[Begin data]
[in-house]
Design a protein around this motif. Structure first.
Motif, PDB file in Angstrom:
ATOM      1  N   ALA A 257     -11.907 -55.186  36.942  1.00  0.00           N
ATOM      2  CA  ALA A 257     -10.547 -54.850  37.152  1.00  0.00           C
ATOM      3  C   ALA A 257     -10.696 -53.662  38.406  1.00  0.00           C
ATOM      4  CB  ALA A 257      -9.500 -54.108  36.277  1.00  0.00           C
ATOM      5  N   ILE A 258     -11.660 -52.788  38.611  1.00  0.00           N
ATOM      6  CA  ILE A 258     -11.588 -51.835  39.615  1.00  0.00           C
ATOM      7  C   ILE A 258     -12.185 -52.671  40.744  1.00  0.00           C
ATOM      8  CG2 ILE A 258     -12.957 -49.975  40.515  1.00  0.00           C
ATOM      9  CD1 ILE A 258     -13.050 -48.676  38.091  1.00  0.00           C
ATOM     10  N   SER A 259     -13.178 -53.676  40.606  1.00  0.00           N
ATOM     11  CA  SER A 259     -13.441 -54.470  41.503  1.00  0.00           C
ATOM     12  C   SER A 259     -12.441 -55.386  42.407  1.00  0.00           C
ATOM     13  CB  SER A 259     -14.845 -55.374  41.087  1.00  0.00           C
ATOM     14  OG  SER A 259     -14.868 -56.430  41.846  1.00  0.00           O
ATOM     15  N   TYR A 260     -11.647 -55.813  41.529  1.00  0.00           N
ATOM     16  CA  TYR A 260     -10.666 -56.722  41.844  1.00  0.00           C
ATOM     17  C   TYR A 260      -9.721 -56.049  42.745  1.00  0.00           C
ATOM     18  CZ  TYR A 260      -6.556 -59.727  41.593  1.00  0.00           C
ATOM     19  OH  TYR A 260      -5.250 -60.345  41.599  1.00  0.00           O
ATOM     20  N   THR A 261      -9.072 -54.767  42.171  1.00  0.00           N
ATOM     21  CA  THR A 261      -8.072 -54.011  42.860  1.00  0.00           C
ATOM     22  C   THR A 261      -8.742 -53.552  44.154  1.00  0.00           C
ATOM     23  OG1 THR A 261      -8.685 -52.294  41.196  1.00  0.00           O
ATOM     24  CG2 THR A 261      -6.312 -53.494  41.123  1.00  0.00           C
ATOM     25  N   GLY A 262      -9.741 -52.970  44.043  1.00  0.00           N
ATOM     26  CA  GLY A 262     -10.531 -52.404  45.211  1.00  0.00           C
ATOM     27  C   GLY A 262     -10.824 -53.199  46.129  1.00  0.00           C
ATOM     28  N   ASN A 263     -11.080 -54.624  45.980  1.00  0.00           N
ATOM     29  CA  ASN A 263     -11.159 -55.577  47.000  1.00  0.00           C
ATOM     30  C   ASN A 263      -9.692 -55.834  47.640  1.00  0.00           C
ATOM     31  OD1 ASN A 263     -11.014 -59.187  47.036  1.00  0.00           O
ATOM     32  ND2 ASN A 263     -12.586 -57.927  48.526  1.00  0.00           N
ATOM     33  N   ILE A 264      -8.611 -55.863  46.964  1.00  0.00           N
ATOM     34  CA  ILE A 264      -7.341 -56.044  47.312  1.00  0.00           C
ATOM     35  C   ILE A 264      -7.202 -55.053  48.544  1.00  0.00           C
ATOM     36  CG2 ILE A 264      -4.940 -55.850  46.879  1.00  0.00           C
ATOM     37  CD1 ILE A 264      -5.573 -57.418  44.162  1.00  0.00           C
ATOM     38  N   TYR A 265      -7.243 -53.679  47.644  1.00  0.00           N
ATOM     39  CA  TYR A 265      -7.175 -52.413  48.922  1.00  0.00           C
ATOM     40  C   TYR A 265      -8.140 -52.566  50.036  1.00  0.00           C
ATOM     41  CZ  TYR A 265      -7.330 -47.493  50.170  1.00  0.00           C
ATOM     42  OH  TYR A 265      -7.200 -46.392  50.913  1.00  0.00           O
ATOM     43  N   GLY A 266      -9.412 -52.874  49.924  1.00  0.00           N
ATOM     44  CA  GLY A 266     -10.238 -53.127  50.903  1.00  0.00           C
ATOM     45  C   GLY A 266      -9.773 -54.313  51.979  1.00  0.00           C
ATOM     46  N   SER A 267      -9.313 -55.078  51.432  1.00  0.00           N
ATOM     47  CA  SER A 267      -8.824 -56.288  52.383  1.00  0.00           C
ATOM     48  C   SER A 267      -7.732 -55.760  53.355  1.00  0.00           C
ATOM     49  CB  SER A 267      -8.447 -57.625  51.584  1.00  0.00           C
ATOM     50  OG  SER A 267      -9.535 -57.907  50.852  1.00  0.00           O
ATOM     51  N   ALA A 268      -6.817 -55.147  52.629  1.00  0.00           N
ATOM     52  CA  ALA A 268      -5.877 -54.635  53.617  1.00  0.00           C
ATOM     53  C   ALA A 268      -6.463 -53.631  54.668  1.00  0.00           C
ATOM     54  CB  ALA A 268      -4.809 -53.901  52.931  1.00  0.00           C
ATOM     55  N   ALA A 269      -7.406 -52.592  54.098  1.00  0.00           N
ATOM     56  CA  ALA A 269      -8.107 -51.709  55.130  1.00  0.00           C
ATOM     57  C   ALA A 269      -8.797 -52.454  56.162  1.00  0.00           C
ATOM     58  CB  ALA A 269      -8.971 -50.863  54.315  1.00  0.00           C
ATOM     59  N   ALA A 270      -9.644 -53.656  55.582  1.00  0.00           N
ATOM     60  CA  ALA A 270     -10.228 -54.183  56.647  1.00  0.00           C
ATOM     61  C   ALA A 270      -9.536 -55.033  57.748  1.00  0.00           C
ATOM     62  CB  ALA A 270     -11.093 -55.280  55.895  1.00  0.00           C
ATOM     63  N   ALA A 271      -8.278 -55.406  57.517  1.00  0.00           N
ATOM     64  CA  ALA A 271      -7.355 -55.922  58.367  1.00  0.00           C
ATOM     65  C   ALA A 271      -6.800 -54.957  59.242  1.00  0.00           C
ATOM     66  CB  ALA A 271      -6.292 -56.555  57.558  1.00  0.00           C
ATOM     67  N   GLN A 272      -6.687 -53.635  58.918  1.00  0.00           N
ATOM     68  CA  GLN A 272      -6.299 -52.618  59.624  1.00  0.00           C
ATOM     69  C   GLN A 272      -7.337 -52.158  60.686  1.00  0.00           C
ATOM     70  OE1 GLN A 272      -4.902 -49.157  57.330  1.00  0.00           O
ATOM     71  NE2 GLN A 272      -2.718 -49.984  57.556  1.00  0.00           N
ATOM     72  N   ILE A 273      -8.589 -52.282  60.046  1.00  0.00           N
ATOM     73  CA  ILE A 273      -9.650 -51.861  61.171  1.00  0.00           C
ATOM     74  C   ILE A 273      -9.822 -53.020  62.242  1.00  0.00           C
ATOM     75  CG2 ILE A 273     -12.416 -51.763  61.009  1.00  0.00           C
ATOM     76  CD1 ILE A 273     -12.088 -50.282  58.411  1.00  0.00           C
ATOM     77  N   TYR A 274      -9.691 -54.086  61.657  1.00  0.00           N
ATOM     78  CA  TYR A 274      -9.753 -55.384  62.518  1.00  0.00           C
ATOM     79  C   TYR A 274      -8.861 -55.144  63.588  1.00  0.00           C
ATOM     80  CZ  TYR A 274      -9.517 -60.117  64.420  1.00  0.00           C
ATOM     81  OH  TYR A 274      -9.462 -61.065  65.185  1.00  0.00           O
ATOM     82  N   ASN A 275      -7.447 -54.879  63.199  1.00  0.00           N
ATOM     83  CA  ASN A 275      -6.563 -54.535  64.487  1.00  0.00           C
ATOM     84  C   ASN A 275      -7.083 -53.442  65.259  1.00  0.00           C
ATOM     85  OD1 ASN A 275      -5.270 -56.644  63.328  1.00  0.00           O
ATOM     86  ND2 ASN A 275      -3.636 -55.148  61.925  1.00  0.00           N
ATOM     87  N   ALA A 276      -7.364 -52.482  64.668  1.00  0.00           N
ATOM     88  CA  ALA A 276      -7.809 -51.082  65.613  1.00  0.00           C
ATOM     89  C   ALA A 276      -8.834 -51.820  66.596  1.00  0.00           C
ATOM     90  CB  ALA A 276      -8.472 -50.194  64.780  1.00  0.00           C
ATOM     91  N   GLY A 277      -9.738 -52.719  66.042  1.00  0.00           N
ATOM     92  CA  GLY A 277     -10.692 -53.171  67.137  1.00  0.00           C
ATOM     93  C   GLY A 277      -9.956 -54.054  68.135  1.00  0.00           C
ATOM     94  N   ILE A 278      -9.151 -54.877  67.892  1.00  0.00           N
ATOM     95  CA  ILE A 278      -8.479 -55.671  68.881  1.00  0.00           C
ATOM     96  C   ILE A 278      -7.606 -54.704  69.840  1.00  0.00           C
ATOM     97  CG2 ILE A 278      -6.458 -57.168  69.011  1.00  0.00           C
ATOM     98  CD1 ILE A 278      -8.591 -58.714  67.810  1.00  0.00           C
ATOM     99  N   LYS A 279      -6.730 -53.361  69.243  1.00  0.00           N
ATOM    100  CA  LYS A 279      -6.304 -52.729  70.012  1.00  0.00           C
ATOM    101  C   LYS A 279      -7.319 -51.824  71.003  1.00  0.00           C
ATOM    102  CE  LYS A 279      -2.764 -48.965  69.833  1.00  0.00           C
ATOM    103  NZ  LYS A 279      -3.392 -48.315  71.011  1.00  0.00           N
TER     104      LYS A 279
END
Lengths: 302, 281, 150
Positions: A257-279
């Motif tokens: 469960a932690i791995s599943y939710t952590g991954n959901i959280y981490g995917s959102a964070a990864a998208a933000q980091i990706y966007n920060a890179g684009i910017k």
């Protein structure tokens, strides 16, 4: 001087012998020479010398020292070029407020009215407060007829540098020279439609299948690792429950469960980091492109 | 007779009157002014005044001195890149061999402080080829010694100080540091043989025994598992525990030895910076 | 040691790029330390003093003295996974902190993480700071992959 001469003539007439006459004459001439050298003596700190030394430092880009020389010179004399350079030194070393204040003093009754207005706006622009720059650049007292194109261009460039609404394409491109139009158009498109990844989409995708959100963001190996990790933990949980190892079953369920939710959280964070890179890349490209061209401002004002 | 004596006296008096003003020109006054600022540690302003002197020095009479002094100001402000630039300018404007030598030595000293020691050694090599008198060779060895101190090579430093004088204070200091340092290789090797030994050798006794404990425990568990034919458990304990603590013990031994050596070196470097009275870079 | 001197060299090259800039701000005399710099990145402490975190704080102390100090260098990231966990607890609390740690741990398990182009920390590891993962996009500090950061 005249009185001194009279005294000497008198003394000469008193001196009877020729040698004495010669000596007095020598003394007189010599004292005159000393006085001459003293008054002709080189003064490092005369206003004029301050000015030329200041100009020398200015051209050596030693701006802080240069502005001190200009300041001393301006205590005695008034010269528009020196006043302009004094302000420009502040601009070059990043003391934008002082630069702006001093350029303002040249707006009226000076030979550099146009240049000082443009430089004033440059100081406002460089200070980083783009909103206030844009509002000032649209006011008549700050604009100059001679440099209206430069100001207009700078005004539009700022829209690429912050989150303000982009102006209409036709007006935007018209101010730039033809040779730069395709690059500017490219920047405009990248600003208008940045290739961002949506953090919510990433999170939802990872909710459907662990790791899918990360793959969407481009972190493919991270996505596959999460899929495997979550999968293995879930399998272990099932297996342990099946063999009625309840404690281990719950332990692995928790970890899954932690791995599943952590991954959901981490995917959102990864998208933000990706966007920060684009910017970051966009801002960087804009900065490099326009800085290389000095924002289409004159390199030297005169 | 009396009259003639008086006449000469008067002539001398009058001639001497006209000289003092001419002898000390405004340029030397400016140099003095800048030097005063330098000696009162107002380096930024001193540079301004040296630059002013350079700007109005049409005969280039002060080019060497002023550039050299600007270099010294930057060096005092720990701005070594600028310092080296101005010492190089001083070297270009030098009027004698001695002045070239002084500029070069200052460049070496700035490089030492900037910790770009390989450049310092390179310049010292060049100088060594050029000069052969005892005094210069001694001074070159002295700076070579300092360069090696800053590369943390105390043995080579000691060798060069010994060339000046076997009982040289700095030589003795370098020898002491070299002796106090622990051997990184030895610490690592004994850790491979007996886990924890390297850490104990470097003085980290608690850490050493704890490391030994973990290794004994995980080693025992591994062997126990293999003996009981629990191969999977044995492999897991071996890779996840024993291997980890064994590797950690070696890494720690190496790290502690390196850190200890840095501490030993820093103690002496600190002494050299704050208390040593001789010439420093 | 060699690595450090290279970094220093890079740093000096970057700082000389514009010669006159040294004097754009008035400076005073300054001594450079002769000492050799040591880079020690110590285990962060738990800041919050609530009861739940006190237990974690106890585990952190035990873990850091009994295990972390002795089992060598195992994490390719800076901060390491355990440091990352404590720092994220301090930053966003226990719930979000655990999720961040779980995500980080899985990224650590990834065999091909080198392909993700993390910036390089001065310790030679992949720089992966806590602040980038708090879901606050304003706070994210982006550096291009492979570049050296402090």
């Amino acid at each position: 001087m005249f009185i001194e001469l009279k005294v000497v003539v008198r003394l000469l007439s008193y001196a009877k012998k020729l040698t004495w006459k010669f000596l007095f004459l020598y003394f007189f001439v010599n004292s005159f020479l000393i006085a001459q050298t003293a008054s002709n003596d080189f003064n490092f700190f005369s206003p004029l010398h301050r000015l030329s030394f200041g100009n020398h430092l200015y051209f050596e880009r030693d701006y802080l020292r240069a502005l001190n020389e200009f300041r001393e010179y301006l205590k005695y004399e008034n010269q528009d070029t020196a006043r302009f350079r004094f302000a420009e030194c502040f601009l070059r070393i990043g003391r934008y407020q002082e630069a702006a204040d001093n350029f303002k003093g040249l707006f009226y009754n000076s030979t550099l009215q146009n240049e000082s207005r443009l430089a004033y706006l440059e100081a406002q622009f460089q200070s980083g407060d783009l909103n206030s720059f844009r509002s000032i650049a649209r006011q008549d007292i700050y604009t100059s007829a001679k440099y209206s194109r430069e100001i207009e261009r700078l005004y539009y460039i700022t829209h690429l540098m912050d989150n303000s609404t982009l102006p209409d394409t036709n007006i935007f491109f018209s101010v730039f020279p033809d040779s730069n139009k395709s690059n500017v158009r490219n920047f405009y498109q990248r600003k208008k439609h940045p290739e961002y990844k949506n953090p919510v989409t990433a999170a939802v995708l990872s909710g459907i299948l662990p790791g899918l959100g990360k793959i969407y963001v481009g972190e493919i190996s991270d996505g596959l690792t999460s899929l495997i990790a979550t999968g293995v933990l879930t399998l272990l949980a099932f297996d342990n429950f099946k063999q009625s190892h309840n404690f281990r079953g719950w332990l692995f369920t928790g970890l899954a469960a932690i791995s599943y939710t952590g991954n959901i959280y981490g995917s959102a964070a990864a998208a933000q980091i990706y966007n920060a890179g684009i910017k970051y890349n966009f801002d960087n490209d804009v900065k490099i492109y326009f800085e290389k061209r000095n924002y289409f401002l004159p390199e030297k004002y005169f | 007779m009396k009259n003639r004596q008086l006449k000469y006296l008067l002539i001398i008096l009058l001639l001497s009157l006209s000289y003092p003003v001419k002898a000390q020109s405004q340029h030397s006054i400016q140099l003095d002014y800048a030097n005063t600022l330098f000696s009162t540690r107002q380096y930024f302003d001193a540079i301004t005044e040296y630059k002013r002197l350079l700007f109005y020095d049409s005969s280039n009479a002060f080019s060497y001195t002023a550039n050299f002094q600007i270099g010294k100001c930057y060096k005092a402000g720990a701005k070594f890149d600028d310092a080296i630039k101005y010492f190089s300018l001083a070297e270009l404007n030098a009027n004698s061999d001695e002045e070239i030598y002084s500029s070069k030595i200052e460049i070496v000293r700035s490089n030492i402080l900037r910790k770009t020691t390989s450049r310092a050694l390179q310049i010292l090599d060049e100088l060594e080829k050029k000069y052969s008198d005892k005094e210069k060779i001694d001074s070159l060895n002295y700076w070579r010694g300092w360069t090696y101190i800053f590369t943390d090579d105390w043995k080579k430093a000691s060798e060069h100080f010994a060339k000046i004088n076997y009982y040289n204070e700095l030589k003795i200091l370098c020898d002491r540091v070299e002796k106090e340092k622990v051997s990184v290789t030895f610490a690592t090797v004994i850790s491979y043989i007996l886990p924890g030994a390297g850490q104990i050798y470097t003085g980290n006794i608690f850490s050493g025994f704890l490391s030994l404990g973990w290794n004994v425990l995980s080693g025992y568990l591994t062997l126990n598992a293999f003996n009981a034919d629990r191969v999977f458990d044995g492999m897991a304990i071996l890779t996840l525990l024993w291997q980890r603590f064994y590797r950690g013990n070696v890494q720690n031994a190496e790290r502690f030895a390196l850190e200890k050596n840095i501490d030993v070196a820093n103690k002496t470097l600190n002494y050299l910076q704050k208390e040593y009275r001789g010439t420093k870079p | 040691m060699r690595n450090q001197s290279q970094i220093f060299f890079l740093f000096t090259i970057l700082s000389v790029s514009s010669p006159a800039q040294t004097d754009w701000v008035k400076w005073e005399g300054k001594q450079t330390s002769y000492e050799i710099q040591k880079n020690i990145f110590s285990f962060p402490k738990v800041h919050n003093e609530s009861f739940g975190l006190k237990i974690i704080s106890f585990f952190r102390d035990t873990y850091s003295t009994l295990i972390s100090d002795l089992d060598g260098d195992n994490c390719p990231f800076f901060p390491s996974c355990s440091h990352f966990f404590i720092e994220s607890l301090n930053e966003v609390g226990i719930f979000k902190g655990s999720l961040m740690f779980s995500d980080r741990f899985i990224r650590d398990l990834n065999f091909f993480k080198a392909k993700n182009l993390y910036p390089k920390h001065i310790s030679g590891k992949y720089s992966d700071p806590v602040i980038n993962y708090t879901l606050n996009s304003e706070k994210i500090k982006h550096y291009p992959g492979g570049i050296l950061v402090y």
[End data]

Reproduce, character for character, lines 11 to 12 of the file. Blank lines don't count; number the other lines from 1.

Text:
ATOM      8  CG2 ILE A 258     -12.957 -49.975  40.515  1.00  0.00           C
ATOM      9  CD1 ILE A 258     -13.050 -48.676  38.091  1.00  0.00           C